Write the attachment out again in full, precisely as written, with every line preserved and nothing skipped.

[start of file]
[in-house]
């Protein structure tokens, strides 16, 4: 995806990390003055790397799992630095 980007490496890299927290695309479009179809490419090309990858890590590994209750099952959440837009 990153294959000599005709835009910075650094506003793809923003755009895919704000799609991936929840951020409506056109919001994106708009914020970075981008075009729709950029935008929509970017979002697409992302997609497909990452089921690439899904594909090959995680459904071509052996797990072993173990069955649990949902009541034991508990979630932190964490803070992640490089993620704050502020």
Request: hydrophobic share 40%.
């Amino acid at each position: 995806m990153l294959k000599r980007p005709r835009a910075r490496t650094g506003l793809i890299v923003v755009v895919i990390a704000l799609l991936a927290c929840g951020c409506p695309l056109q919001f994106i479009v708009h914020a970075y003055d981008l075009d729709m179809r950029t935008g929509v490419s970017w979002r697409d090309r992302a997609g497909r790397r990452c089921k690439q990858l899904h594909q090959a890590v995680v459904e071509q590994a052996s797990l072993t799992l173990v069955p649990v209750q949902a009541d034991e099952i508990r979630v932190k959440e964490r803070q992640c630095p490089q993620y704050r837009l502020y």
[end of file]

[in-house]
């Protein structure tokens, strides 16, 4: 995806990390003055790397799992630095 980007490496890299927290695309479009179809490419090309990858890590590994209750099952959440837009 990153294959000599005709835009910075650094506003793809923003755009895919704000799609991936929840951020409506056109919001994106708009914020970075981008075009729709950029935008929509970017979002697409992302997609497909990452089921690439899904594909090959995680459904071509052996797990072993173990069955649990949902009541034991508990979630932190964490803070992640490089993620704050502020």
Request: hydrophobic share 40%.
């Amino acid at each position: 995806m990153l294959k000599r980007p005709r835009a910075r490496t650094g506003l793809i890299v923003v755009v895919i990390a704000l799609l991936a927290c929840g951020c409506p695309l056109q919001f994106i479009v708009h914020a970075y003055d981008l075009d729709m179809r950029t935008g929509v490419s970017w979002r697409d090309r992302a997609g497909r790397r990452c089921k690439q990858l899904h594909q090959a890590v995680v459904e071509q590994a052996s797990l072993t799992l173990v069955p649990v209750q949902a009541d034991e099952i508990r979630v932190k959440e964490r803070q992640c630095p490089q993620y704050r837009l502020y």